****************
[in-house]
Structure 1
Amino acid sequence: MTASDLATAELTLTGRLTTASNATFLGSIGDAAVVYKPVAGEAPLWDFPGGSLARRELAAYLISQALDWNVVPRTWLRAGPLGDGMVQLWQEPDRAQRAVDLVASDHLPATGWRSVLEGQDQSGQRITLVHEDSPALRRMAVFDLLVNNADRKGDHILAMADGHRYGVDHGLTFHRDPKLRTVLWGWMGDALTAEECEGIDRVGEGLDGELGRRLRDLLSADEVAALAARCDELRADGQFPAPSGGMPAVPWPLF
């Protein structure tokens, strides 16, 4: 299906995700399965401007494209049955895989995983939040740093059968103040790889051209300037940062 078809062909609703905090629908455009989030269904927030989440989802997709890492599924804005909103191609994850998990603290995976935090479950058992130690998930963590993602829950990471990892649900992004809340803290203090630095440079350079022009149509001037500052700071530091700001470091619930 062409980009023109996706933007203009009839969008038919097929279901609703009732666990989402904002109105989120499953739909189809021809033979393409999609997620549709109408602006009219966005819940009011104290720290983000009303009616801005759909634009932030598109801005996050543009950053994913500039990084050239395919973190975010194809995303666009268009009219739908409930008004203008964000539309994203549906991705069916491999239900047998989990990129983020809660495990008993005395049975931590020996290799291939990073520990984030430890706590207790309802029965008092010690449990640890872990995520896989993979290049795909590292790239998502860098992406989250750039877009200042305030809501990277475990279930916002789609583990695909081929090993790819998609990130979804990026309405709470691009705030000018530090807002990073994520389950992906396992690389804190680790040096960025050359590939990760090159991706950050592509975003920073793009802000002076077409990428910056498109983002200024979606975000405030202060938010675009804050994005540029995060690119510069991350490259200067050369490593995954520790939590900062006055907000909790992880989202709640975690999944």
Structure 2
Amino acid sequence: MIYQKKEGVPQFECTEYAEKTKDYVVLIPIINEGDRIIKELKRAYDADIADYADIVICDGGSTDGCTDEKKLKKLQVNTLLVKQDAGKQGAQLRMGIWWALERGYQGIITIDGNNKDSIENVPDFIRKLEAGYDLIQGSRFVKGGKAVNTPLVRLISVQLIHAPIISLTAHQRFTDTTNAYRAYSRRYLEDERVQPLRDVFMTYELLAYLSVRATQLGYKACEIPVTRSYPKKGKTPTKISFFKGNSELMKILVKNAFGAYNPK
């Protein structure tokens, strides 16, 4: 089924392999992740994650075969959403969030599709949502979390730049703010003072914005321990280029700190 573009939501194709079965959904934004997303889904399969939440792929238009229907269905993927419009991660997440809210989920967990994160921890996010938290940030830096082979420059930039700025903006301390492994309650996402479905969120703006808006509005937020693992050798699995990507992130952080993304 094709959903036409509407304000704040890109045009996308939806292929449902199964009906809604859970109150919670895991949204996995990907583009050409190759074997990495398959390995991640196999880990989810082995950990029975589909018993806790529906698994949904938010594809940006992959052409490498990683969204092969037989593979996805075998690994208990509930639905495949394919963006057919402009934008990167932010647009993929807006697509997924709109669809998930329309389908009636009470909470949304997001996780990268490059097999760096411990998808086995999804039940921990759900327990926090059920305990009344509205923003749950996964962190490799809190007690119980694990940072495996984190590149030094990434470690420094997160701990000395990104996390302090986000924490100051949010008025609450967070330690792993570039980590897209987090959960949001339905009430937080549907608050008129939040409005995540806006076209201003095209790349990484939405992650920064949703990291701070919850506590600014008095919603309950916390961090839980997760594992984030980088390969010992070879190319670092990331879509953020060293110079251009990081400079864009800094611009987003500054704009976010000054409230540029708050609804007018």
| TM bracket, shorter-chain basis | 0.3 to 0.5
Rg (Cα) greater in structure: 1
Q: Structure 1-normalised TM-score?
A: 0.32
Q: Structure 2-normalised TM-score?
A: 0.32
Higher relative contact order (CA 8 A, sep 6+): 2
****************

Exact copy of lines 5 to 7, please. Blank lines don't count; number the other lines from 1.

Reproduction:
Structure 2
Amino acid sequence: MIYQKKEGVPQFECTEYAEKTKDYVVLIPIINEGDRIIKELKRAYDADIADYADIVICDGGSTDGCTDEKKLKKLQVNTLLVKQDAGKQGAQLRMGIWWALERGYQGIITIDGNNKDSIENVPDFIRKLEAGYDLIQGSRFVKGGKAVNTPLVRLISVQLIHAPIISLTAHQRFTDTTNAYRAYSRRYLEDERVQPLRDVFMTYELLAYLSVRATQLGYKACEIPVTRSYPKKGKTPTKISFFKGNSELMKILVKNAFGAYNPK
């Protein structure tokens, strides 16, 4: 089924392999992740994650075969959403969030599709949502979390730049703010003072914005321990280029700190 573009939501194709079965959904934004997303889904399969939440792929238009229907269905993927419009991660997440809210989920967990994160921890996010938290940030830096082979420059930039700025903006301390492994309650996402479905969120703006808006509005937020693992050798699995990507992130952080993304 094709959903036409509407304000704040890109045009996308939806292929449902199964009906809604859970109150919670895991949204996995990907583009050409190759074997990495398959390995991640196999880990989810082995950990029975589909018993806790529906698994949904938010594809940006992959052409490498990683969204092969037989593979996805075998690994208990509930639905495949394919963006057919402009934008990167932010647009993929807006697509997924709109669809998930329309389908009636009470909470949304997001996780990268490059097999760096411990998808086995999804039940921990759900327990926090059920305990009344509205923003749950996964962190490799809190007690119980694990940072495996984190590149030094990434470690420094997160701990000395990104996390302090986000924490100051949010008025609450967070330690792993570039980590897209987090959960949001339905009430937080549907608050008129939040409005995540806006076209201003095209790349990484939405992650920064949703990291701070919850506590600014008095919603309950916390961090839980997760594992984030980088390969010992070879190319670092990331879509953020060293110079251009990081400079864009800094611009987003500054704009976010000054409230540029708050609804007018």